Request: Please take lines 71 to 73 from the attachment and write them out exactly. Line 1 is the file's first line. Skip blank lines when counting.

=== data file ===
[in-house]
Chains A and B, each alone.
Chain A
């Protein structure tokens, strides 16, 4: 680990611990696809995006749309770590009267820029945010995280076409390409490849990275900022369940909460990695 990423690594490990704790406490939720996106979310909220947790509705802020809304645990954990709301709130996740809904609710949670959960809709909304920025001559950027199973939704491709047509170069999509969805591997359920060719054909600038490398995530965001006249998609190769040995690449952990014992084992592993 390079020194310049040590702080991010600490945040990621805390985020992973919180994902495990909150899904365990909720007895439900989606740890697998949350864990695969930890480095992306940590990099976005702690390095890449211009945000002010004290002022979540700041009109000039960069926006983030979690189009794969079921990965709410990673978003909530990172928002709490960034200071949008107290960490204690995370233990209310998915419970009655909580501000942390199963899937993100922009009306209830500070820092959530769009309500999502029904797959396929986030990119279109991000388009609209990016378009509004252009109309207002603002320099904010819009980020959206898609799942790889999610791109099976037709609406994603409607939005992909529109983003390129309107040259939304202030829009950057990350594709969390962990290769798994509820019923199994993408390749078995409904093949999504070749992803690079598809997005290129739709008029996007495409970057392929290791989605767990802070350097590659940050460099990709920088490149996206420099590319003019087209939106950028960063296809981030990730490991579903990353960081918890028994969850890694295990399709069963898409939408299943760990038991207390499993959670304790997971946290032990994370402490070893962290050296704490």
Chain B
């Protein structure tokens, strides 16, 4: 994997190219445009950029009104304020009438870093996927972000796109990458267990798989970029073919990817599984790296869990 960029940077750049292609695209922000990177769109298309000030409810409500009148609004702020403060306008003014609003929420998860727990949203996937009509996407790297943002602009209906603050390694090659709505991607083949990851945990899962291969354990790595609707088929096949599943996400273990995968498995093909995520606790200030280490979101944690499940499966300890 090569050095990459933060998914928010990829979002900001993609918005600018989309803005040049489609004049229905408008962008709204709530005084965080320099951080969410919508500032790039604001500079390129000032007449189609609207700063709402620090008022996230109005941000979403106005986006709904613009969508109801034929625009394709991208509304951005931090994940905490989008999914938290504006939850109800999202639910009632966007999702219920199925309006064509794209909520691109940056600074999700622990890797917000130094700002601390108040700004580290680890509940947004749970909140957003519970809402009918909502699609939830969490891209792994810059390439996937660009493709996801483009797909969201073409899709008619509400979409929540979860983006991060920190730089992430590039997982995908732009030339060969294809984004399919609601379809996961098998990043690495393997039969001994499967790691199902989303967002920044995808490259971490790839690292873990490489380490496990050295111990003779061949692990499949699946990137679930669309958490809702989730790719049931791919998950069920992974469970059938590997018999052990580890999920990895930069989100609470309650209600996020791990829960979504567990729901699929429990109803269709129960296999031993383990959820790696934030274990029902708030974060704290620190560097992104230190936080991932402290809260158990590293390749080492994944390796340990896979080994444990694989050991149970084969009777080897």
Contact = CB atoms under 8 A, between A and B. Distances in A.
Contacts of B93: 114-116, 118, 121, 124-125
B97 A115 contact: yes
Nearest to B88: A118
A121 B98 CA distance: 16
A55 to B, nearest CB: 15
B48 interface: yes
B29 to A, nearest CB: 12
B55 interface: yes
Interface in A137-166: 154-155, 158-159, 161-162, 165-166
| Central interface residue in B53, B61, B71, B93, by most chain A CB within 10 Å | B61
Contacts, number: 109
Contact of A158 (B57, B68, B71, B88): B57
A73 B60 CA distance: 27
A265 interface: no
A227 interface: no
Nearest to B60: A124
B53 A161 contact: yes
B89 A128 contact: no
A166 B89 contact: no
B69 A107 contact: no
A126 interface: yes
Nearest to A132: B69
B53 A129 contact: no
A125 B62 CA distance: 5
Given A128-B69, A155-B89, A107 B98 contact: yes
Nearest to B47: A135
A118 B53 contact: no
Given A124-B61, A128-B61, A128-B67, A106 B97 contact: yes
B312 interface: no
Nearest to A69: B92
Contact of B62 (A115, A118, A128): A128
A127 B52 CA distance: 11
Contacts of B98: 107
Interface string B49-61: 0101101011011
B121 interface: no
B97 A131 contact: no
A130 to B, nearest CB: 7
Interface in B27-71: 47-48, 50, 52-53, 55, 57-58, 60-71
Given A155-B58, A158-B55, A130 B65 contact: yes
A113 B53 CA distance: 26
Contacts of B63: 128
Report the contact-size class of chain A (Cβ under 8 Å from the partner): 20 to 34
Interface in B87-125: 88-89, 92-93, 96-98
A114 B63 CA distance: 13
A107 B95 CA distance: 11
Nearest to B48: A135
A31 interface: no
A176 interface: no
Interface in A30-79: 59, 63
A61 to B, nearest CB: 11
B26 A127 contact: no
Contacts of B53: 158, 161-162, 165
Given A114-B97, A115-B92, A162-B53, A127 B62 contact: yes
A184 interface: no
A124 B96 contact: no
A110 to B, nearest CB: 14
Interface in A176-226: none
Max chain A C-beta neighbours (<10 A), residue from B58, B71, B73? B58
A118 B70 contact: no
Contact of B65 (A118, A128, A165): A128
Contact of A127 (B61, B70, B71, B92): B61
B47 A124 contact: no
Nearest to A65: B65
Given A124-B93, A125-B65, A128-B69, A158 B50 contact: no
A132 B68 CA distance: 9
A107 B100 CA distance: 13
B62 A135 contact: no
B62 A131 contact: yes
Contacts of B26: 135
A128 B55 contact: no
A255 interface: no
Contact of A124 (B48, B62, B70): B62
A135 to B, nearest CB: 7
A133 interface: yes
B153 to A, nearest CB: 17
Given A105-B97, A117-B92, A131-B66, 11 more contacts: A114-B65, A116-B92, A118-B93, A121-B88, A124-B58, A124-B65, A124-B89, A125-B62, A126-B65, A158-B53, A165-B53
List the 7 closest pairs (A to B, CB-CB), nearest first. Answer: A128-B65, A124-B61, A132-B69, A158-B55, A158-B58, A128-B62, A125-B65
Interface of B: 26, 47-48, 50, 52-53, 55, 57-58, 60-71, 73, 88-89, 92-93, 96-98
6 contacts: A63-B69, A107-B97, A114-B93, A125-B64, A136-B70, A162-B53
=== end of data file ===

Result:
Given A124-B93, A125-B65, A128-B69, A158 B50 contact: no
A132 B68 CA distance: 9
A107 B100 CA distance: 13